Frequently Asked Questions(FAQ)

What is a Bond Discount?

A bond discount refers to a situation when a bond is sold for a price less than its face value or par value. This usually happens when the coupon rate is less than the prevailing interest rate in the market.

What causes a Bond Discount?

A bond discount is typically caused by an increase in market interest rates, making the bond’s lower coupon rate less attractive to investors. As a result, the bond must be sold at a discount to make it more appealing.

How does Bond Discount impact investors?

For investors, purchasing a bond at a discount can provide higher yield-to-maturity due to the difference between the purchase price and the bond’s par value at maturity.

How is Bond Discount recorded in account books?

Bond discount is recorded as a contra account which gets amortized over the life of the bond. The discount is gradually written off to interest expense over the life of the bond.

What is the difference between Bond Discount and Bond Premium?

A bond discount occurs when a bond is sold for less than its face value, whereas a bond premium happens when a bond is sold for more than its face value.

How does Bond Discount affect bond yield?

A bond purchased at a discount has a higher yield-to-maturity than the coupon rate, as the investor receives the par value at maturity which is higher than the price they initially paid.

Can the Bond Discount change over time?

Yes. As the remaining life of the bond decreases, the bond discount amortizes. Therefore, the value of the bond moves closer to its face value.

Is a Bond sold at a discount a bad investment?

Not necessarily. A bond sold at a discount can provide a higher yield compared to a bond sold at par or premium. However, it’s important to consider other factors such as the bond issuer’s risk level and overall interest rate environment.

Related Finance Terms

Sources for More Information

About Our Editorial Process

At Due, we are dedicated to providing simple money and retirement advice that can make a big impact in your life. Our team closely follows market shifts and deeply understands how to build REAL wealth. All of our articles undergo thorough editing and review by financial experts, ensuring you get reliable and credible money advice.

We partner with leading publications, such as Nasdaq, The Globe and Mail, Entrepreneur, and more, to provide insights on retirement, current markets, and more.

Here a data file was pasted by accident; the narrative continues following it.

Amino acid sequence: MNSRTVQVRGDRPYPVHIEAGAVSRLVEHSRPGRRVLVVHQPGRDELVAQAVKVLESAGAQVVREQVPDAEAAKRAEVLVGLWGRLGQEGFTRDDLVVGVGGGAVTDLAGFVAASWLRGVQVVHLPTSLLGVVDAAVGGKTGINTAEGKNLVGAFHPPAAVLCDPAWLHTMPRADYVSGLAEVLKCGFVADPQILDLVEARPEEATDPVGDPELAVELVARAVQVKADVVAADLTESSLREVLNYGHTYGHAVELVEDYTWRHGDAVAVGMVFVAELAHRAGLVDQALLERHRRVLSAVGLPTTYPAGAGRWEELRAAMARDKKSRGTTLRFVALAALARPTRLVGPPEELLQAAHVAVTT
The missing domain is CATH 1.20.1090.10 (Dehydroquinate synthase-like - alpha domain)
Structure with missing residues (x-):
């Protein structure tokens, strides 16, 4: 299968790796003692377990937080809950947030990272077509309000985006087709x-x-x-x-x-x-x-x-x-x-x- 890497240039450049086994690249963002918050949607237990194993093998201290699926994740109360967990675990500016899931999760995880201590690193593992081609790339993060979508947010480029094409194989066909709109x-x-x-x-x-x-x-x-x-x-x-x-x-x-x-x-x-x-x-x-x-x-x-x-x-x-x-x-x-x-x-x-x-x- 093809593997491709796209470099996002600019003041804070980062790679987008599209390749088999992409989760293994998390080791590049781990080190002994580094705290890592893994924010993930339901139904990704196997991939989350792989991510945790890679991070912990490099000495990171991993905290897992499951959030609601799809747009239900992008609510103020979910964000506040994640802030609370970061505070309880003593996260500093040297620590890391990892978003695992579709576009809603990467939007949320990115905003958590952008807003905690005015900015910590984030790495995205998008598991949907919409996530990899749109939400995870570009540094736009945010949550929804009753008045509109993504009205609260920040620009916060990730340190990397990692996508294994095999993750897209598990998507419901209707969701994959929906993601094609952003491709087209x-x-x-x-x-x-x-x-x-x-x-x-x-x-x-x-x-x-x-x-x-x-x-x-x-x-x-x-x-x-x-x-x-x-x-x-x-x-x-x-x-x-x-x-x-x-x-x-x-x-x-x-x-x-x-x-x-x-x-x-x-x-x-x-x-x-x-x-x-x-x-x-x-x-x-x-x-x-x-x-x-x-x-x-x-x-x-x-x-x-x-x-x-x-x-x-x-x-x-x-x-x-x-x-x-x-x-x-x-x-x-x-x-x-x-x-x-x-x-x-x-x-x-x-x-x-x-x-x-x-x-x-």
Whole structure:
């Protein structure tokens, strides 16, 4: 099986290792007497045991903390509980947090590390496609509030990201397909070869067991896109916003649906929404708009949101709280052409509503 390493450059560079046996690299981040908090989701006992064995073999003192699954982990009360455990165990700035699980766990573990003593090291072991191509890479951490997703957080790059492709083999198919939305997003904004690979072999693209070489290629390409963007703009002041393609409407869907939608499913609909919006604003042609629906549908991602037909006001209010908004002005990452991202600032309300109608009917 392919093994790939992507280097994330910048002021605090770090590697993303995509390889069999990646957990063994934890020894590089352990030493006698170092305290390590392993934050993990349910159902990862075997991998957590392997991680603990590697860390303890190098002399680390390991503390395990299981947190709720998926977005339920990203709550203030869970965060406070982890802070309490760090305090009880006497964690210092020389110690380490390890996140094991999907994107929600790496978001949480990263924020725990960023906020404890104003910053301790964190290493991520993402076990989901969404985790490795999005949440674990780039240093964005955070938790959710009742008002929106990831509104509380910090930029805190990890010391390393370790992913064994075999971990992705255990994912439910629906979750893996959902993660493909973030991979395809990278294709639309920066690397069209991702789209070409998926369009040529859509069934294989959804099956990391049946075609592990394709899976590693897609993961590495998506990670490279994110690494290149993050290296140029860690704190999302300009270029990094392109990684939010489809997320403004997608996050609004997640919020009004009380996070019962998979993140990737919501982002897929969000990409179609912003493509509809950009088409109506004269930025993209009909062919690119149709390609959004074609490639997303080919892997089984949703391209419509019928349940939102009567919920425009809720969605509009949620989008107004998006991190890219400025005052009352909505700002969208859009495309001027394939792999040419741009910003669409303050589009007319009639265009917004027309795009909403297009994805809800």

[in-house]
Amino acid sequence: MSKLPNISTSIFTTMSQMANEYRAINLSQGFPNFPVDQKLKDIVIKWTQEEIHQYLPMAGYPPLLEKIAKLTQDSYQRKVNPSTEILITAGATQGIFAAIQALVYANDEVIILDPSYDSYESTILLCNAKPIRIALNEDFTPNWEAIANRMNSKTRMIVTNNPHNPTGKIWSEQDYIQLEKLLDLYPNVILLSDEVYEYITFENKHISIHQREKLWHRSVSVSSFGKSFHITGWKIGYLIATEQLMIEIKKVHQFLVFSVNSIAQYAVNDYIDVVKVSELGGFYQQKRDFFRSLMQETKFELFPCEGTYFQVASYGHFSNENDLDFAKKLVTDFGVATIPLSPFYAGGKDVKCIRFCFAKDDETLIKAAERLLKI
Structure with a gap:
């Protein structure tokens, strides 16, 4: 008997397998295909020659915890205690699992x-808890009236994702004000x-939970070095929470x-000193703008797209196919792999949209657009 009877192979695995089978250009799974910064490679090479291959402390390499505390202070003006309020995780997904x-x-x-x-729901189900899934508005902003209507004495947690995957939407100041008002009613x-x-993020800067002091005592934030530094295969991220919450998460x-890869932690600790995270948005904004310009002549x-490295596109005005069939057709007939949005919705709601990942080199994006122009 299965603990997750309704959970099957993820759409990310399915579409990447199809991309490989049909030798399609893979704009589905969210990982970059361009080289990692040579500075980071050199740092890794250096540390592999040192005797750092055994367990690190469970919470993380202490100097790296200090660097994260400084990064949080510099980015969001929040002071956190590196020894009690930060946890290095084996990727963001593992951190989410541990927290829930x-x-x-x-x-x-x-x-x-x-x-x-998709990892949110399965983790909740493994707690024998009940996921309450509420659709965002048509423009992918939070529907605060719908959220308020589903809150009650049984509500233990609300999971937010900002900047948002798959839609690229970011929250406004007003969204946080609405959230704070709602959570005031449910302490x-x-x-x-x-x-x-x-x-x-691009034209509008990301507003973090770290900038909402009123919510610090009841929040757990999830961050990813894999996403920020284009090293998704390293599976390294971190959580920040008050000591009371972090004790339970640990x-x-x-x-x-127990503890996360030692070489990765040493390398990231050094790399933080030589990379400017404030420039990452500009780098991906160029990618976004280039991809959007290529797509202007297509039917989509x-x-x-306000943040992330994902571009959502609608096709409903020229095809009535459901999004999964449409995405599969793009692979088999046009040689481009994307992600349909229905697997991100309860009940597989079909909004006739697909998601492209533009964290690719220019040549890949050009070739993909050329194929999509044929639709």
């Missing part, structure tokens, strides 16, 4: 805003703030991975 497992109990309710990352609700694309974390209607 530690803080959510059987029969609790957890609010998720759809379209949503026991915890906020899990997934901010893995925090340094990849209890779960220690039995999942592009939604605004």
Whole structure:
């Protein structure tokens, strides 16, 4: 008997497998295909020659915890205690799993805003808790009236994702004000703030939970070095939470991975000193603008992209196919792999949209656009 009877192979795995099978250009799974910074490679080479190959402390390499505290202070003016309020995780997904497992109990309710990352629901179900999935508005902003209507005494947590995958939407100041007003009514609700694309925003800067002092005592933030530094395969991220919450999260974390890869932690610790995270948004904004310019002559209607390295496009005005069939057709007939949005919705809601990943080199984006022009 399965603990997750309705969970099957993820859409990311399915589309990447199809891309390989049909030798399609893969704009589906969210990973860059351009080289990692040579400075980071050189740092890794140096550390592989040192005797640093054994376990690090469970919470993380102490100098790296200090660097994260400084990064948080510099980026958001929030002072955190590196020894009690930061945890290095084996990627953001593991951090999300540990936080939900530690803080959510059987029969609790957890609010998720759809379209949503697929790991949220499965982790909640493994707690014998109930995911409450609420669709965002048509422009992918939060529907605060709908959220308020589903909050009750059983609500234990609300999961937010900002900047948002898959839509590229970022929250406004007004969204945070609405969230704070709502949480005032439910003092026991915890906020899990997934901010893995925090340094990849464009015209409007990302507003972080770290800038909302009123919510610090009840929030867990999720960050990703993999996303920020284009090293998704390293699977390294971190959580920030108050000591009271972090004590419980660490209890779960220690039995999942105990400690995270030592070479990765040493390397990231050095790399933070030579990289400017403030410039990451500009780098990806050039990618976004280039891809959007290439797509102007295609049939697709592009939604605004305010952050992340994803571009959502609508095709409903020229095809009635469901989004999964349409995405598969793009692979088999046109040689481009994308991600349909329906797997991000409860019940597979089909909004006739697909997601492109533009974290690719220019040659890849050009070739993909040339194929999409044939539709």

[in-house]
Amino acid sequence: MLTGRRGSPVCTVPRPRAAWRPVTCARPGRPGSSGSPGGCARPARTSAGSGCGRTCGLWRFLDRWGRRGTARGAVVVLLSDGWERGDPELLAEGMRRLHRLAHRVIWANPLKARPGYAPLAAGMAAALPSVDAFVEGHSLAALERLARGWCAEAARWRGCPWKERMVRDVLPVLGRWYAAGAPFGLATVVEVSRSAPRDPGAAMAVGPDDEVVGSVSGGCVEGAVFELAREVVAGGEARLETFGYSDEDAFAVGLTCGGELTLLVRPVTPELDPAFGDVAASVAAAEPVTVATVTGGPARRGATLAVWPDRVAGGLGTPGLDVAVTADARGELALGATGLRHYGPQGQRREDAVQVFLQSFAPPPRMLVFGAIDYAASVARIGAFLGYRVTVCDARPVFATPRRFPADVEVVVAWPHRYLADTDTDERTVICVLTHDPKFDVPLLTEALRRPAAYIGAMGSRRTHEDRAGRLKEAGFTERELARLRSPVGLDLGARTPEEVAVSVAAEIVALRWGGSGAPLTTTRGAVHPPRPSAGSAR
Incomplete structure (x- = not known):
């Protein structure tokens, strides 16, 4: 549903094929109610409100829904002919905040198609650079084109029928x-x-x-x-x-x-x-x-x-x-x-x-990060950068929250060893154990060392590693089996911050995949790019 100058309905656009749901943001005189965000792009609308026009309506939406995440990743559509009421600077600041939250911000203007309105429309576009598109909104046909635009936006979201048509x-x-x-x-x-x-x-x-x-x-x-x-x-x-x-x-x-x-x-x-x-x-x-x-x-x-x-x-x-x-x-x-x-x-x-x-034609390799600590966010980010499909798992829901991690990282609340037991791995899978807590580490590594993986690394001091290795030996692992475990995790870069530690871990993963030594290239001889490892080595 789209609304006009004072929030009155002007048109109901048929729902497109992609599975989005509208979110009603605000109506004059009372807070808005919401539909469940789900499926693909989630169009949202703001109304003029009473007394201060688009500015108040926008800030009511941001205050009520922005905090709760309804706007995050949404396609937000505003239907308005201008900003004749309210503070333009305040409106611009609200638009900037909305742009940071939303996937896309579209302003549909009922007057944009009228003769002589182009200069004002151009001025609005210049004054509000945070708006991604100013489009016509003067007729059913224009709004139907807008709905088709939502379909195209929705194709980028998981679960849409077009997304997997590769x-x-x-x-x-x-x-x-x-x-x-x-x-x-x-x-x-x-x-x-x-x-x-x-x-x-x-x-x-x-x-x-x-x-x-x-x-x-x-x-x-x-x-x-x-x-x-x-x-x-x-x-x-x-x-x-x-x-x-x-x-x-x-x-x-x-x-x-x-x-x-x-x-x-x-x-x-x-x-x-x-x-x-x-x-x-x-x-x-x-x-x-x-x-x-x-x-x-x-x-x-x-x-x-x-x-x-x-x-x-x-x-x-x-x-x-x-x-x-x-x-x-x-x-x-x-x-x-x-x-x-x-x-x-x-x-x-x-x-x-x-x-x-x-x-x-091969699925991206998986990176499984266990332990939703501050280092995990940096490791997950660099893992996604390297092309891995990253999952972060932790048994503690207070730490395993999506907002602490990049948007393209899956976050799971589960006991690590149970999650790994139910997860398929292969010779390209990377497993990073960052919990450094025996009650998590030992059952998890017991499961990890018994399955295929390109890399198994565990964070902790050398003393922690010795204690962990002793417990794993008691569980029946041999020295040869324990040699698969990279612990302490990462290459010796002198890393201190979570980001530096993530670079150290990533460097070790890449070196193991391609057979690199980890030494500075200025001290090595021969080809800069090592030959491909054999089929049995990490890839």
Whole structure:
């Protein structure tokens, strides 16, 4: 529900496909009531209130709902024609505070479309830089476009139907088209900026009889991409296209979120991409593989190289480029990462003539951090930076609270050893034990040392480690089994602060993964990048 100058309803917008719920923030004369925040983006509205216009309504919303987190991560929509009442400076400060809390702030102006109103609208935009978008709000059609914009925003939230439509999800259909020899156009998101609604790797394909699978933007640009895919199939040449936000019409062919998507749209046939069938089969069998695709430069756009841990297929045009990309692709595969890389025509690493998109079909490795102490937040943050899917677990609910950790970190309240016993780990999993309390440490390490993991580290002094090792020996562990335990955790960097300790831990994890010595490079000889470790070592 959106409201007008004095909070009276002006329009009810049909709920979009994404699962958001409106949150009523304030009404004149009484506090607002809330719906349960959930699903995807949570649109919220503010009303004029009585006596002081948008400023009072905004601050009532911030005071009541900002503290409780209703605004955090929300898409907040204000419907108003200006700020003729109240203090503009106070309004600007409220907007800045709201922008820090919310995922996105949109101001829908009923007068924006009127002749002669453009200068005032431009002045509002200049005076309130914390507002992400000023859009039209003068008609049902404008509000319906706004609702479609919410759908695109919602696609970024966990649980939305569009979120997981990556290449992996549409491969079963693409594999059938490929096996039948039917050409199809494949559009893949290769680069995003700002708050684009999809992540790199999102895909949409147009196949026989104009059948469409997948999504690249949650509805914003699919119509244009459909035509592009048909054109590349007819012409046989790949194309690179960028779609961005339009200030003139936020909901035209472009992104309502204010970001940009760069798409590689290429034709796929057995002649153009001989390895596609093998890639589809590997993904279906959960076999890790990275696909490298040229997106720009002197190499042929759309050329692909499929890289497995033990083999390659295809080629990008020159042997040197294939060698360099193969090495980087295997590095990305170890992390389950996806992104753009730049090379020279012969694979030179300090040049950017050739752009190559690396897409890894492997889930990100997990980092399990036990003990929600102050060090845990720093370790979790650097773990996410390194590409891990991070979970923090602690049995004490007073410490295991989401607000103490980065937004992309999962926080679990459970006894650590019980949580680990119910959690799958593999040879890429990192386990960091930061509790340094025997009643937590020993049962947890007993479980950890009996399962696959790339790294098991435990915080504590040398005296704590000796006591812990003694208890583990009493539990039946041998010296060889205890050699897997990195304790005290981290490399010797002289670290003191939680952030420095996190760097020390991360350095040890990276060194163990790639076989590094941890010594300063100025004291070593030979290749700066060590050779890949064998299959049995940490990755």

We also host a financial glossary of over 7000 money/investing terms to help you learn more about how to take control of your finances.

View our editorial process

About Our Journalists

Our journalists are not just trusted, certified financial advisers. They are experienced and leading influencers in the financial realm, trusted by millions to provide advice about money. We handpick the best of the best, so you get advice from real experts. Our goal is to educate and inform, NOT to be a ‘stock-picker’ or ‘market-caller.’ 

Why listen to what we have to say?

While Due does not know how to predict the market in the short-term, our team of experts DOES know how you can make smart financial decisions to plan for retirement in the long-term.

View our expert review board

About Due

Due makes it easier to retire on your terms. We give you a realistic view on exactly where you’re at financially so when you retire you know how much money you’ll get each month. Get started today.

Due Fact-Checking Standards and Processes

To ensure we’re putting out the highest content standards, we sought out the help of certified financial experts and accredited individuals to verify our advice. We also rely on them for the most up to date information and data to make sure our in-depth research has the facts right, for today… Not yesterday. Our financial expert review board allows our readers to not only trust the information they are reading but to act on it as well. Most of our authors are CFP (Certified Financial Planners) or CRPC (Chartered Retirement Planning Counselor) certified and all have college degrees. Learn more about annuities, retirement advice and take the correct steps towards financial freedom and knowing exactly where you stand today. Learn everything about our top-notch financial expert reviews below… Learn More